From veteran publishing consultant, Mike Shatzkin:
It has been an important tenet of my thinking about digital change in the book business to understand that books are different from other media — music, TV, movies, newspapers, magazines — as we try to anticipate the future.
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But while book publishing people tend to focus on the changes enabled by Gutenberg, Gray’s newspaper-centric view makes the high-speed rotary press, which enabled publications cheap enough to be daily purchases by masses of people, the seminal moment.
High-speed presses made all print cheap for the incremental copy. In the case of radio and televison, of course, the incremental copy is free. So all these media, as well as movies, which used scale in a slightly different way, were about amortizing the costs of content creation across “mass market” consumption.
If Karl Marx had been writing a bit later than he did, he might have seen that controlling the “means of distribution” had become as important as he saw controlling the “means of production” to be.
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And that’s what the Internet has blown up. Because now the distribution mechanism for expensive-to-create content is precisely the same as the distribution mechanism for any content. In the book business, we’ve been tracking that as “purchased in stores” (which is, in itself, expensive and pretty much restricted to expensive-to-create content) as opposed to “purchased online” (which is a channel open to all of us).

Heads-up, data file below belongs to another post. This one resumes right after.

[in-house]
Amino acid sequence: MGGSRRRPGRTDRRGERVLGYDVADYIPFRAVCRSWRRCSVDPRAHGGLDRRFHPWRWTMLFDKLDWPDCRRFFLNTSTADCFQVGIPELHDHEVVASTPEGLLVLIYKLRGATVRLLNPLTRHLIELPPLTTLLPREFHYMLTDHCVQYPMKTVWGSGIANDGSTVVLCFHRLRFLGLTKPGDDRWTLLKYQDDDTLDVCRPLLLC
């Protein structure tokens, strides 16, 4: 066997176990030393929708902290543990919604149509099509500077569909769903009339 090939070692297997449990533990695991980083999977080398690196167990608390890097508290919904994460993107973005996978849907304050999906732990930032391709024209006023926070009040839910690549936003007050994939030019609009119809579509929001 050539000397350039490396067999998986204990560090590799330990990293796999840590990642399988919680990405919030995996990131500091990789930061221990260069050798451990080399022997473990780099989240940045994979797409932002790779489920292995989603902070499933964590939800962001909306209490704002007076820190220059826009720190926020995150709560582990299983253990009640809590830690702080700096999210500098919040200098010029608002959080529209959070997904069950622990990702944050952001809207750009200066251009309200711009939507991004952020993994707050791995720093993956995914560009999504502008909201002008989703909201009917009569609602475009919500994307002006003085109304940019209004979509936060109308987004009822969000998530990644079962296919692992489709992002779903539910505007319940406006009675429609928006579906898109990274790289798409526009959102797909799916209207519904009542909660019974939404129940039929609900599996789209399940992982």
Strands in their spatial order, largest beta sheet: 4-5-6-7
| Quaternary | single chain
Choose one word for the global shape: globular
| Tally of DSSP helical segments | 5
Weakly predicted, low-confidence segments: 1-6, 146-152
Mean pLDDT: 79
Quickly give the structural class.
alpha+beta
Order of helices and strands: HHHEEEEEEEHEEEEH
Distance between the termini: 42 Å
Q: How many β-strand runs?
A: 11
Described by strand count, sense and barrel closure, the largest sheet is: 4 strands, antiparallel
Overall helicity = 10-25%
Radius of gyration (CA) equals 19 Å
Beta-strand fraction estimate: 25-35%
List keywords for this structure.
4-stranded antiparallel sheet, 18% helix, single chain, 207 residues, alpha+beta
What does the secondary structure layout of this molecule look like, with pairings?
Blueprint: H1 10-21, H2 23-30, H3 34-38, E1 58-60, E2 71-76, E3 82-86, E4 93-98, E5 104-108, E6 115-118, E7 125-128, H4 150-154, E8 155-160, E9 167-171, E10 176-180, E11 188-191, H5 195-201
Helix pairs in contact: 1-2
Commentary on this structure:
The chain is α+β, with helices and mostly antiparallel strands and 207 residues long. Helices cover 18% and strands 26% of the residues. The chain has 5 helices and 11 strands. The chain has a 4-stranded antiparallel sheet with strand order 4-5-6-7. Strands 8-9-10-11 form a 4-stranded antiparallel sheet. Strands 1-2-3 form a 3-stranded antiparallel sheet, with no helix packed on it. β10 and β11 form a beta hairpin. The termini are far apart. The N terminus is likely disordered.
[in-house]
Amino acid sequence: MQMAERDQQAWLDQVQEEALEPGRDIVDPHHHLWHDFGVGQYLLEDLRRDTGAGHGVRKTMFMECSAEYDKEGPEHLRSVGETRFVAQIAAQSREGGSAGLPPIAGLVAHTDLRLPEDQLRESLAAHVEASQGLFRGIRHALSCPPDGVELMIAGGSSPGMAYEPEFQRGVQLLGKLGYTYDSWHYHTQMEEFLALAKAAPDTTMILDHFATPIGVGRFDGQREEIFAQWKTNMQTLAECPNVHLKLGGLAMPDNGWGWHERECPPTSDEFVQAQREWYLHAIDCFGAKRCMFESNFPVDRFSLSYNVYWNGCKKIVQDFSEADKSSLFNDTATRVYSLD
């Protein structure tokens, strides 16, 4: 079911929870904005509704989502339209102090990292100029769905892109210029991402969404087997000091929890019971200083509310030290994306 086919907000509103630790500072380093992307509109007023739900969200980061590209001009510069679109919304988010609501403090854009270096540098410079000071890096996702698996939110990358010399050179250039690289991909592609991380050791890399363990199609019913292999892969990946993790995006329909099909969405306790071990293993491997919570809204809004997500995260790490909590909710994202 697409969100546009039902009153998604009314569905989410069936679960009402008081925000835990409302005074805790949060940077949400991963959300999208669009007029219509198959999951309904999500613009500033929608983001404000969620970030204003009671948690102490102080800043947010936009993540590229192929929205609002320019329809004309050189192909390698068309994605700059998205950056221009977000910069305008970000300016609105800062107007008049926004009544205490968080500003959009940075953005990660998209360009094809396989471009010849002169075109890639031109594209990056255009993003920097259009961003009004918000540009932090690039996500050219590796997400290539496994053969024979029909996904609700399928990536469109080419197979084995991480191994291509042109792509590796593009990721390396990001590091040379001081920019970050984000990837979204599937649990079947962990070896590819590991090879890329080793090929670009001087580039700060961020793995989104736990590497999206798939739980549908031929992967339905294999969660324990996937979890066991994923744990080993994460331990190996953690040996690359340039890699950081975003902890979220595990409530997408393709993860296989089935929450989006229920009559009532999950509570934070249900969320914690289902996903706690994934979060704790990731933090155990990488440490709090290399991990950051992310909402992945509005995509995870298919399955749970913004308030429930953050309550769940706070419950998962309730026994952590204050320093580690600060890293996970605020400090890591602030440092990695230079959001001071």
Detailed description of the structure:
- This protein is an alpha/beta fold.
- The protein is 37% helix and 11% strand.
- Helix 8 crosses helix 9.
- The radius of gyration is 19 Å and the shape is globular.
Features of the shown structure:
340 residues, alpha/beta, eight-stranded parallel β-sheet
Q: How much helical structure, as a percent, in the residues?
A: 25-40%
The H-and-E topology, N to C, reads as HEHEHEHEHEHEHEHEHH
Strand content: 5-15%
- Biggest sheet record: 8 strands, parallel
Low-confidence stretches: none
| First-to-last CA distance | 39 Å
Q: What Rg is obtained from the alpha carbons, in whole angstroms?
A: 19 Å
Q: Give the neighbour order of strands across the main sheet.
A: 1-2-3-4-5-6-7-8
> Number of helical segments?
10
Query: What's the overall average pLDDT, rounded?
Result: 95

Gray calls this a change from the “mass media era” to the “infinite media era”.
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But that micro-targeting might affect newspapers and magazines and radio and TV stations far differently than it affects book publishers. And that’s because, when it comes to advertising, book publishers are, in a way, on the opposite side of the fence from these other media.
Those media don’t build an audience uniquely for every issue the way book publishers do for every new book (and that’s somewhat true even for vertical publishers). They’re trying to sell captive audiences; we in book publishing are trying to corral disparate audiences. That makes us more like the newspapers’ advertisers than like the newspapers themselves.
Link to the rest at The Shatzkin Files